We do the same with the next file...
...which contains data for copper top. Import it to layer 16, Copper top.
If you press the START button, you get asked whether you want to search for an aperture file which defines the so called "D codes" because at this time D codes are not sufficiently defined yet. D codes care for size and shape of the apertures which get moved in front of exposure to light. Gerber data control those moves. The aperture file is a kind of description of the exposure tools while Gerber files say what is to be done with them.
Press button "Yes" and search and select from your file set the one which keeps the aperture information.
Aperture files often can be identified by an A or APR (aperture) or WHL (Wheel=aperture wheel) in the file name.
After you have selected an appropriate file a dialog opens allowing the interpretation of the aperture data. Aperture data often consist of a header and eventually of an appendix. Both can be deleted. Only those lines are of interest which contain D codes D10,D11,D12...
The structure of D codes is not defined. The image only shows an example. Look at a D code line and now interpret it column by column. The button Automatic helps finding a preselection. In our example the first parameter defines the d code, the second the shape of the aperture (ROUND or SQUARE), the third parameter defines width and diameter of an aperture. Because we don't have a fourth parameter "Height"we set it "3. Parameter" too. In which scale your your gerbers come across please set in the last box. If the sequence of your parameters match, please press button "Use apertures". Now see your copper bottom and copper top layout in TARGET 3001!.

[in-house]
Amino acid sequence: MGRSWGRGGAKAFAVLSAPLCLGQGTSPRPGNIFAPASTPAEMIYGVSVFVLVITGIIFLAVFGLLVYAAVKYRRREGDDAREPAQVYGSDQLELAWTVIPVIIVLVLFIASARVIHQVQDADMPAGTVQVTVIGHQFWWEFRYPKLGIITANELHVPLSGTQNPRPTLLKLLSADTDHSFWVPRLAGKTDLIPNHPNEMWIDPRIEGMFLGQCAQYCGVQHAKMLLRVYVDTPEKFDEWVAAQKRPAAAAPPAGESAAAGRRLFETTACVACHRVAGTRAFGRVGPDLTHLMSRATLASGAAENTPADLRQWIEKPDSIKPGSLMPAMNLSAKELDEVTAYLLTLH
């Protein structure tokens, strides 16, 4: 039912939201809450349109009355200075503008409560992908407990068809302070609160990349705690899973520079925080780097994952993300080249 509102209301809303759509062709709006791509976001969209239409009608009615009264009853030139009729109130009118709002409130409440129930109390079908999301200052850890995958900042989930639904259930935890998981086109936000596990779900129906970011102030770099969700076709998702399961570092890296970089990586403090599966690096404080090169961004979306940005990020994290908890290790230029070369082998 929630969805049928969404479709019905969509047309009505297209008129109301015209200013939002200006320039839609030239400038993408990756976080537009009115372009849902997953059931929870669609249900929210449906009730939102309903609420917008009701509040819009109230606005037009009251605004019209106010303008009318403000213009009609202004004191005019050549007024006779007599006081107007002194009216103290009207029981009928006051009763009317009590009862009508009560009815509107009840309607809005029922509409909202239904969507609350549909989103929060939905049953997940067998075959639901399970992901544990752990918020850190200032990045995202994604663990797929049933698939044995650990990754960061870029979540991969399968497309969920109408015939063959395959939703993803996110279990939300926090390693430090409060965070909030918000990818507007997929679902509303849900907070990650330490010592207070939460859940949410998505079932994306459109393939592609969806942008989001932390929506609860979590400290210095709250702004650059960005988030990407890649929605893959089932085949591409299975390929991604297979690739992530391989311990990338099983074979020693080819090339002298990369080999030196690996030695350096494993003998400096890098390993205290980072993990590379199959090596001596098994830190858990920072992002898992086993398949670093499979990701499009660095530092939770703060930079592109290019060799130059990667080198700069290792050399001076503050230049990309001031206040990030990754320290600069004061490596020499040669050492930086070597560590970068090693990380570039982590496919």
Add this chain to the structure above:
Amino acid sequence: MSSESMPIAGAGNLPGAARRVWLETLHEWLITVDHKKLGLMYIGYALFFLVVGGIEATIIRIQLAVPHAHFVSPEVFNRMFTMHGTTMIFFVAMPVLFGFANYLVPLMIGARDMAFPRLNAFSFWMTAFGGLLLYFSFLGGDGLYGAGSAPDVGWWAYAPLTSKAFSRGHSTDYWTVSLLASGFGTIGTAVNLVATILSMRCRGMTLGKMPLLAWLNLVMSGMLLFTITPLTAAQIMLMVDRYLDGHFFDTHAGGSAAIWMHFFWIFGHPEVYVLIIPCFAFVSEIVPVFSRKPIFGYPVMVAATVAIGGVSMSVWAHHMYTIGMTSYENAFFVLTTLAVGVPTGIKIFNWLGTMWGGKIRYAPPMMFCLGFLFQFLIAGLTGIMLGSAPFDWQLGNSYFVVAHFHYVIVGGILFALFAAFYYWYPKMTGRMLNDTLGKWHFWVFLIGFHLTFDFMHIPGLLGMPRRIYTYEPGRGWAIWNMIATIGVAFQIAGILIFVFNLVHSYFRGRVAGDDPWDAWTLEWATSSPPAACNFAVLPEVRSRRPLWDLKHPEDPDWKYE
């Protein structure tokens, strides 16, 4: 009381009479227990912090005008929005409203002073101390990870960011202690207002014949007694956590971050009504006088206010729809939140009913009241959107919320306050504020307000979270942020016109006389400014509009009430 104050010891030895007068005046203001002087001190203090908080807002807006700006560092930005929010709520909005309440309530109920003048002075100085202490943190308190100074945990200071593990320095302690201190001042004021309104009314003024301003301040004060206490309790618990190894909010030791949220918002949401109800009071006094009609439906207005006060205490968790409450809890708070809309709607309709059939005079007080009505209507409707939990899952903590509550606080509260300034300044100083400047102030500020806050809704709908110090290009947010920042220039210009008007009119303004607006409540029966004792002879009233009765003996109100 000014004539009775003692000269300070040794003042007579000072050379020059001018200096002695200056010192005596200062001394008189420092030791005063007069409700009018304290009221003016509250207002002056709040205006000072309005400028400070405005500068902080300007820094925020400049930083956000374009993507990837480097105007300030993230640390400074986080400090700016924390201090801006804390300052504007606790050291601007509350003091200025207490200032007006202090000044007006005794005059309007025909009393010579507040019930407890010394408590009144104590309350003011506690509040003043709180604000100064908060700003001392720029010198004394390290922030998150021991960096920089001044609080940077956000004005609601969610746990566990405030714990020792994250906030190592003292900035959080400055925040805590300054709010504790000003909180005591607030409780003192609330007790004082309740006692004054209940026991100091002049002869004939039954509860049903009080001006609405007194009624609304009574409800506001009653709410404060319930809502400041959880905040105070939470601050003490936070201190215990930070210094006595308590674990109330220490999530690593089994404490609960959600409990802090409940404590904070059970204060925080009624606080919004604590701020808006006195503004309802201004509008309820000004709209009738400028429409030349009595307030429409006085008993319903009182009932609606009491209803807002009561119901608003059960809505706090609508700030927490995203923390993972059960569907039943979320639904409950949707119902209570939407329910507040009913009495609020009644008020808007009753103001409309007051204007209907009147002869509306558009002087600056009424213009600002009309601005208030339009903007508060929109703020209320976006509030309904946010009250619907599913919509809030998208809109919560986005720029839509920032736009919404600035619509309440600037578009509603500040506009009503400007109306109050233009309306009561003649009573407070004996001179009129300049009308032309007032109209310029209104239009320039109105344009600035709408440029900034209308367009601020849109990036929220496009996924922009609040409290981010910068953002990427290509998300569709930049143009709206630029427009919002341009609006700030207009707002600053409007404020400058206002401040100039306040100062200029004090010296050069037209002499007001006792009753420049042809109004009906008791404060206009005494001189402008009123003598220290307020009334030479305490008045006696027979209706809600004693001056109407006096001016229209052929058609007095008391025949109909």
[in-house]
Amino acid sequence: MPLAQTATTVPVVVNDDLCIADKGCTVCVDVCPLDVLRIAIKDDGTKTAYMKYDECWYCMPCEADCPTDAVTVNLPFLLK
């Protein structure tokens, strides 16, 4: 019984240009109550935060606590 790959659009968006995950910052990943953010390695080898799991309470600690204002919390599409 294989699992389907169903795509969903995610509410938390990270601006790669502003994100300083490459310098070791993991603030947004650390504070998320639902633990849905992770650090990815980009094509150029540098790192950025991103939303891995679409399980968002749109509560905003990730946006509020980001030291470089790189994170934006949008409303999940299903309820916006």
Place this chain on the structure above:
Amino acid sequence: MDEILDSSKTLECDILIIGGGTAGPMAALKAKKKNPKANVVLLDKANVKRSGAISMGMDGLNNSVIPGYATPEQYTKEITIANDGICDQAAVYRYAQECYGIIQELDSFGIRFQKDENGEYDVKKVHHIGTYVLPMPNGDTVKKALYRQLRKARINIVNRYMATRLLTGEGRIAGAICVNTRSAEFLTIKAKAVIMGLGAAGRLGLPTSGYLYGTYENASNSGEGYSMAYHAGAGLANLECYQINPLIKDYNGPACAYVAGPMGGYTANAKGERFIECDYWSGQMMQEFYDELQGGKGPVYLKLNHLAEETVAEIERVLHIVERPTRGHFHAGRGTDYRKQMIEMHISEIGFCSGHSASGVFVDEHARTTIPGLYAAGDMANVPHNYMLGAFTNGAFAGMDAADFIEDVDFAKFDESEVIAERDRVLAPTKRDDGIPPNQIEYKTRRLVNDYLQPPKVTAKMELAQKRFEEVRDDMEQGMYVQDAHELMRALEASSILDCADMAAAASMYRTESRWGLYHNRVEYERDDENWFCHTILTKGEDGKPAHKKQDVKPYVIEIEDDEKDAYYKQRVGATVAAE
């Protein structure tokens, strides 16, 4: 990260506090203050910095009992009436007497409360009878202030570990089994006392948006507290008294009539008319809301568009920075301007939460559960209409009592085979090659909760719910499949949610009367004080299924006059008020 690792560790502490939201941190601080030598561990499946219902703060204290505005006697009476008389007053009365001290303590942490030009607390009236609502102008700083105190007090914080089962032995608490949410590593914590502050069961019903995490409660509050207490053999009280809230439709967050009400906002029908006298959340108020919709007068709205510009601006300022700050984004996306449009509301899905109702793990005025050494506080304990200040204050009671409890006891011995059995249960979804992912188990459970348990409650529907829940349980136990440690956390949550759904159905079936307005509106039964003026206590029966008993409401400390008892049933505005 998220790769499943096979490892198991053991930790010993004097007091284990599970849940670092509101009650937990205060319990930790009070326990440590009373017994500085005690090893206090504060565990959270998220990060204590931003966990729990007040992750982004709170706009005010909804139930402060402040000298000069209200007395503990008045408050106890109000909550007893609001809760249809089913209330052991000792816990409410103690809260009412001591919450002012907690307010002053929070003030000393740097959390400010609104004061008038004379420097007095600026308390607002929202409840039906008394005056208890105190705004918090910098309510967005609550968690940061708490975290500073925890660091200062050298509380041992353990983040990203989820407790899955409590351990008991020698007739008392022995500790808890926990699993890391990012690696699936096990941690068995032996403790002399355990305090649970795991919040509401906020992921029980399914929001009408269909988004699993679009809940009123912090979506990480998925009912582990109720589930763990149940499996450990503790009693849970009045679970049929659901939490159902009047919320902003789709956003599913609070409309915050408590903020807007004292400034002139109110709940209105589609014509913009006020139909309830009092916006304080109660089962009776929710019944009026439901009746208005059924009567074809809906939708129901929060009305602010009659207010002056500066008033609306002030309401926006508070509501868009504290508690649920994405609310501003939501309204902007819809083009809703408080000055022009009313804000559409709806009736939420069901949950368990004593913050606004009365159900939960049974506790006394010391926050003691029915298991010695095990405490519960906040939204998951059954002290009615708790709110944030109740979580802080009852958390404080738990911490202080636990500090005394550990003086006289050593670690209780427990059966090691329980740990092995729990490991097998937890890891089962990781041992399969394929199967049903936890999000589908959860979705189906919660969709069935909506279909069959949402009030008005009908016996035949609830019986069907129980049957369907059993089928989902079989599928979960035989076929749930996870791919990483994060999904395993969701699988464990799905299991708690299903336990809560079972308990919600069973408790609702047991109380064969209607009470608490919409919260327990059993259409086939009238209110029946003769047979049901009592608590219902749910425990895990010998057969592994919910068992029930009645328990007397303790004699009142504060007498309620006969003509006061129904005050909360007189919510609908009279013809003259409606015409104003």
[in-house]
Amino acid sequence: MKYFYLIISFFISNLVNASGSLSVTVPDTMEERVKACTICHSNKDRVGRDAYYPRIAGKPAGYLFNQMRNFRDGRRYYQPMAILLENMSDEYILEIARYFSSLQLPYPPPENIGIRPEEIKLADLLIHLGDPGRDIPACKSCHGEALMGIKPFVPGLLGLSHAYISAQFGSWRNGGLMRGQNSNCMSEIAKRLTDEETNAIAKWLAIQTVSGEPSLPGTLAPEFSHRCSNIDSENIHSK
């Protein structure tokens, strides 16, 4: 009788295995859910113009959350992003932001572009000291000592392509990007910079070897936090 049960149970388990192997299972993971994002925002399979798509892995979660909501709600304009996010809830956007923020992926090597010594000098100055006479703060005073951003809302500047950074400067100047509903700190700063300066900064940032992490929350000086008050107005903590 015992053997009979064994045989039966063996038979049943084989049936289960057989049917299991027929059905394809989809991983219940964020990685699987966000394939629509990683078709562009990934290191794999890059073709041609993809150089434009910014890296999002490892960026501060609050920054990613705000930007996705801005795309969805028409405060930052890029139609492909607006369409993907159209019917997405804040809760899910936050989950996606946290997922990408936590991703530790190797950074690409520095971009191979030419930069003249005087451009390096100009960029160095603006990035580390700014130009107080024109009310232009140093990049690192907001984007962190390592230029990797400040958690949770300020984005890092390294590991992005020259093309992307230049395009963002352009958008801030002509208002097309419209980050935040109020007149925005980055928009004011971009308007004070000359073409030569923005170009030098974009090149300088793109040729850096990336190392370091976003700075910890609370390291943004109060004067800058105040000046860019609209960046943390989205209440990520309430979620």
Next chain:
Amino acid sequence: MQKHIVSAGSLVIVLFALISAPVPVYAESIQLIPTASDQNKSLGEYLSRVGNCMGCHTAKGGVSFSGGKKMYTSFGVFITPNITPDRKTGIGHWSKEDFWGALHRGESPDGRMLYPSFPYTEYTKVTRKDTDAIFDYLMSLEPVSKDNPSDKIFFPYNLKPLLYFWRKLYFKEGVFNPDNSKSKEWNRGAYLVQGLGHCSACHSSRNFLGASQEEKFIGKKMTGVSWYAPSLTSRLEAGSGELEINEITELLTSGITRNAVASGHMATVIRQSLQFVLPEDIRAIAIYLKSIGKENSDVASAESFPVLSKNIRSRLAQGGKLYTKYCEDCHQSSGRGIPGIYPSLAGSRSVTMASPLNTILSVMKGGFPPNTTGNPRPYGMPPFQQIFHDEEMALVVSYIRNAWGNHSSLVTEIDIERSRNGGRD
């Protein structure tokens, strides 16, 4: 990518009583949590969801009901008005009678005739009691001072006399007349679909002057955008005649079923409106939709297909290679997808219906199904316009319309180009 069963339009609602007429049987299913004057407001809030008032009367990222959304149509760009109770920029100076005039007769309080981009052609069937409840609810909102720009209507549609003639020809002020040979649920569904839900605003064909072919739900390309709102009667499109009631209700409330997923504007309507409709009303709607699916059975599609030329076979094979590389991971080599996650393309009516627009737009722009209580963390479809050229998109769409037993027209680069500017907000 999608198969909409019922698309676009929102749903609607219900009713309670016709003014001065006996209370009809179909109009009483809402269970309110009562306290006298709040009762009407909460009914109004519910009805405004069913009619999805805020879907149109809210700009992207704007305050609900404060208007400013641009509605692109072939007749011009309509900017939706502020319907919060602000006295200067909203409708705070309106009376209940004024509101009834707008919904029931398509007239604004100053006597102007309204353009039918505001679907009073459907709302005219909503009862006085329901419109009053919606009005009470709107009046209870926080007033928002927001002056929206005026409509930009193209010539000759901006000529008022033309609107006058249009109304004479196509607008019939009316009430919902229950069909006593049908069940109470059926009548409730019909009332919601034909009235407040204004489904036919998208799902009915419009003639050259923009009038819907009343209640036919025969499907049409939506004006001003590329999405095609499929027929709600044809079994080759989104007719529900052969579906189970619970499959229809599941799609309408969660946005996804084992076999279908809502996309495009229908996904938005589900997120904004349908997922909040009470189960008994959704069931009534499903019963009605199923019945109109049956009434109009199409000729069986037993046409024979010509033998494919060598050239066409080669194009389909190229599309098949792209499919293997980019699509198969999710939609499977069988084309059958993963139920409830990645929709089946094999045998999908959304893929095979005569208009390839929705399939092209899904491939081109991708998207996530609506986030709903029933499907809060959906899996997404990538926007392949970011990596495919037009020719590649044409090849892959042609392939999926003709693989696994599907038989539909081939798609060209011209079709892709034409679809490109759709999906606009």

Read Gerber (RS274D) and Excellon files using the "Gerber import" dialog (outdated but still working)
Using this tool (File/Input/Output Formats/File transfer/Documentations/Read Gerber and Excellon files) you can view the Gerber (RS274D) data of your project before producing a PCB. The Gerber data are directly read into a TARGET project. By selecting the PCB layers set visible, the corresponding views can be seen and checked with the TARGET project in separated windows besides each other. Additionally you can import Gerber data from other layout CAD packages and edit those within TARGET.
- Open a new project "PCB without schematic"
- Click on "Read Gerber & Excellon files" in menu File/Input/Output Formats/File transfer/Documentations/...